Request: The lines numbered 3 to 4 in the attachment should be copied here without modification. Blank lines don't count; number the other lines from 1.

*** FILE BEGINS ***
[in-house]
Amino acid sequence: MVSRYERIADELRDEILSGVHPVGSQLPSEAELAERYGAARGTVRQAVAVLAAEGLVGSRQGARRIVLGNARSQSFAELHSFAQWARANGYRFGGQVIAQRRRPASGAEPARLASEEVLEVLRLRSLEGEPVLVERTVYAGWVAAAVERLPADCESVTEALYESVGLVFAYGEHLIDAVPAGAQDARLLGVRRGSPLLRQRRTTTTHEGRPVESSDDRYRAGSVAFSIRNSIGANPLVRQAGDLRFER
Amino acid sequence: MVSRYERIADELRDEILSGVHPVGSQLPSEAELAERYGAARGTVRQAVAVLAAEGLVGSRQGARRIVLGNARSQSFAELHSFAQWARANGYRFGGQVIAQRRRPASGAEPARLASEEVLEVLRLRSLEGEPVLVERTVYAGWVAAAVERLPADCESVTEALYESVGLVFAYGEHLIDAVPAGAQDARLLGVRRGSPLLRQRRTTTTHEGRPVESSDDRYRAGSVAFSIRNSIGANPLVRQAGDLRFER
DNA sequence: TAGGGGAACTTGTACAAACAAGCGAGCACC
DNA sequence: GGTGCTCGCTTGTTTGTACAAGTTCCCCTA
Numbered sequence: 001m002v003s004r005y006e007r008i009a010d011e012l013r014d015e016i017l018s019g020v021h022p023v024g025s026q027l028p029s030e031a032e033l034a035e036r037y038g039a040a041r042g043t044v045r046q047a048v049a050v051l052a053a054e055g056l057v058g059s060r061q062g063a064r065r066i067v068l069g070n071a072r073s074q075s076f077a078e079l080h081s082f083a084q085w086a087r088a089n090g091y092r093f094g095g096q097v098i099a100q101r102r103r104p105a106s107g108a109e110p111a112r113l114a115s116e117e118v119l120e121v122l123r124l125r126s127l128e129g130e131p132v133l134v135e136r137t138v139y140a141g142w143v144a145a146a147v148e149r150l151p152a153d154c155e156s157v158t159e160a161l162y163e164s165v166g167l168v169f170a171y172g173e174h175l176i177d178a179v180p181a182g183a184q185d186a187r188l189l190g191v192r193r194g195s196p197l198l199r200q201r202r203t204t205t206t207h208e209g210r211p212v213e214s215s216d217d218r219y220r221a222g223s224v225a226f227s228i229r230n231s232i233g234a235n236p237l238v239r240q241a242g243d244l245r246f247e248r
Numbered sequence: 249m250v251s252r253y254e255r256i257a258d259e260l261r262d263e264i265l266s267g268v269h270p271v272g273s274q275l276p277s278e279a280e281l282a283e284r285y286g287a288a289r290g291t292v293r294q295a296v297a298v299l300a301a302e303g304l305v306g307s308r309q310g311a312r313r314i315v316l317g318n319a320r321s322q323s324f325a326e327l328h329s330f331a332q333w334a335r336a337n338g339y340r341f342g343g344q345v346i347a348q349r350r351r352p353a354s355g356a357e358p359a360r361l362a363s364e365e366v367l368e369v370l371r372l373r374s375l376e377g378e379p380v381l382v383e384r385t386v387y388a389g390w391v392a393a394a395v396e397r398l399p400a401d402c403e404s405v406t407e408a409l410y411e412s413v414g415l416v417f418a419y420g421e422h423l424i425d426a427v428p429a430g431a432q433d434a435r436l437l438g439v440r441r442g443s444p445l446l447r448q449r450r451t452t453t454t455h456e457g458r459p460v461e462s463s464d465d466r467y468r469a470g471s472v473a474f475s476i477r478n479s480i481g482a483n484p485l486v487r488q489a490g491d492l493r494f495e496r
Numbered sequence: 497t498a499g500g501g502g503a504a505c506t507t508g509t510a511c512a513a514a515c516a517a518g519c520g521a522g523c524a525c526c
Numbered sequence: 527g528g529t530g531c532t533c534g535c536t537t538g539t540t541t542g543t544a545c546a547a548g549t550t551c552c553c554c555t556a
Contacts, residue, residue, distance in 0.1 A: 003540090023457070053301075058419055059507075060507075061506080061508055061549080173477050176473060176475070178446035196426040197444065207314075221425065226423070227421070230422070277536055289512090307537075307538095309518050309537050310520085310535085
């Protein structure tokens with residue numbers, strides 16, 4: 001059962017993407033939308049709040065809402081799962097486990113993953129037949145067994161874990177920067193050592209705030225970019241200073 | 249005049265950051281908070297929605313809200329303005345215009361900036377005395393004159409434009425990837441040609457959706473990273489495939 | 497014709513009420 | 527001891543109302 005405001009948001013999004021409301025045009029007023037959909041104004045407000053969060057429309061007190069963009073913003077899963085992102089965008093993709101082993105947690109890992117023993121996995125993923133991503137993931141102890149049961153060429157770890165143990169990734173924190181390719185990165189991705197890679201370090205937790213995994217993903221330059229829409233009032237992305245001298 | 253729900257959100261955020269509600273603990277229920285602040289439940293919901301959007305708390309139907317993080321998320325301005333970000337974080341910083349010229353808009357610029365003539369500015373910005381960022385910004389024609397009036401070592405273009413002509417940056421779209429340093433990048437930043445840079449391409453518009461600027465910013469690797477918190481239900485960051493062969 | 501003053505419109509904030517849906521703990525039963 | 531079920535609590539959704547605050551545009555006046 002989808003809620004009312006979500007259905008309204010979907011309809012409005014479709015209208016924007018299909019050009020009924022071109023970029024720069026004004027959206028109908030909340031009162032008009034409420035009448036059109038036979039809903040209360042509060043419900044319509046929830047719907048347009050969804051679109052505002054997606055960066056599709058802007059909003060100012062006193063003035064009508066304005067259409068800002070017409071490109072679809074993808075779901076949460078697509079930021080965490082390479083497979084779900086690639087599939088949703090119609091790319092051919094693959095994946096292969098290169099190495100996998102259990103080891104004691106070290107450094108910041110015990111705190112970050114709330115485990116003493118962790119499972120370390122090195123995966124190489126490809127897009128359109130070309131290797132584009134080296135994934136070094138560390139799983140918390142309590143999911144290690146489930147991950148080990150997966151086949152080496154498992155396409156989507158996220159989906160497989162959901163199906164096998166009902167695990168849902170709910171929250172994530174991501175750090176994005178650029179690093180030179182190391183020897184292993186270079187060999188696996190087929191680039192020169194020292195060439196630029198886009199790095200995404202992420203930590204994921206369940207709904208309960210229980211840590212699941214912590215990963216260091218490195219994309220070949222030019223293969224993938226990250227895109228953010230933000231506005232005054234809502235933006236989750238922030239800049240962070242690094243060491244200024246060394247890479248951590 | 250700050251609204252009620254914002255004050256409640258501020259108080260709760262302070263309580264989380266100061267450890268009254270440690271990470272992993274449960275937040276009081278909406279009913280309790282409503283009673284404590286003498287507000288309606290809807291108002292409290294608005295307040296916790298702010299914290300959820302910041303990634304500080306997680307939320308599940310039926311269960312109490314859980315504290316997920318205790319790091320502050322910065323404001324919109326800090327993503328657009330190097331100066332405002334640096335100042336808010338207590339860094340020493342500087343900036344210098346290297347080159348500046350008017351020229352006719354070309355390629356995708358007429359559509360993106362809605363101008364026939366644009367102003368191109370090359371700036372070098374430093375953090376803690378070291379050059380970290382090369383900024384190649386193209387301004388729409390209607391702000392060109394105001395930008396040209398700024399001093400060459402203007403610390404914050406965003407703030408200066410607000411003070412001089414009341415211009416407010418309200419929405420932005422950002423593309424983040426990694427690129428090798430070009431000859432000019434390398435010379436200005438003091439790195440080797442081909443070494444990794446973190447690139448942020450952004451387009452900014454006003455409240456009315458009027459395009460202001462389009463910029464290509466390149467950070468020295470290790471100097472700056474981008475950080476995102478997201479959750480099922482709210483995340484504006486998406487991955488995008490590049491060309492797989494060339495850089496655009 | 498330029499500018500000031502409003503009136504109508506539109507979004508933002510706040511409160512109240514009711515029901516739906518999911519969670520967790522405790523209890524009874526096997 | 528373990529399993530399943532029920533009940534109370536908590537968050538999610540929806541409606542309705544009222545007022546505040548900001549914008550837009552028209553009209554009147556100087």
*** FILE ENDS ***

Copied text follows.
Amino acid sequence: MVSRYERIADELRDEILSGVHPVGSQLPSEAELAERYGAARGTVRQAVAVLAAEGLVGSRQGARRIVLGNARSQSFAELHSFAQWARANGYRFGGQVIAQRRRPASGAEPARLASEEVLEVLRLRSLEGEPVLVERTVYAGWVAAAVERLPADCESVTEALYESVGLVFAYGEHLIDAVPAGAQDARLLGVRRGSPLLRQRRTTTTHEGRPVESSDDRYRAGSVAFSIRNSIGANPLVRQAGDLRFER
DNA sequence: TAGGGGAACTTGTACAAACAAGCGAGCACC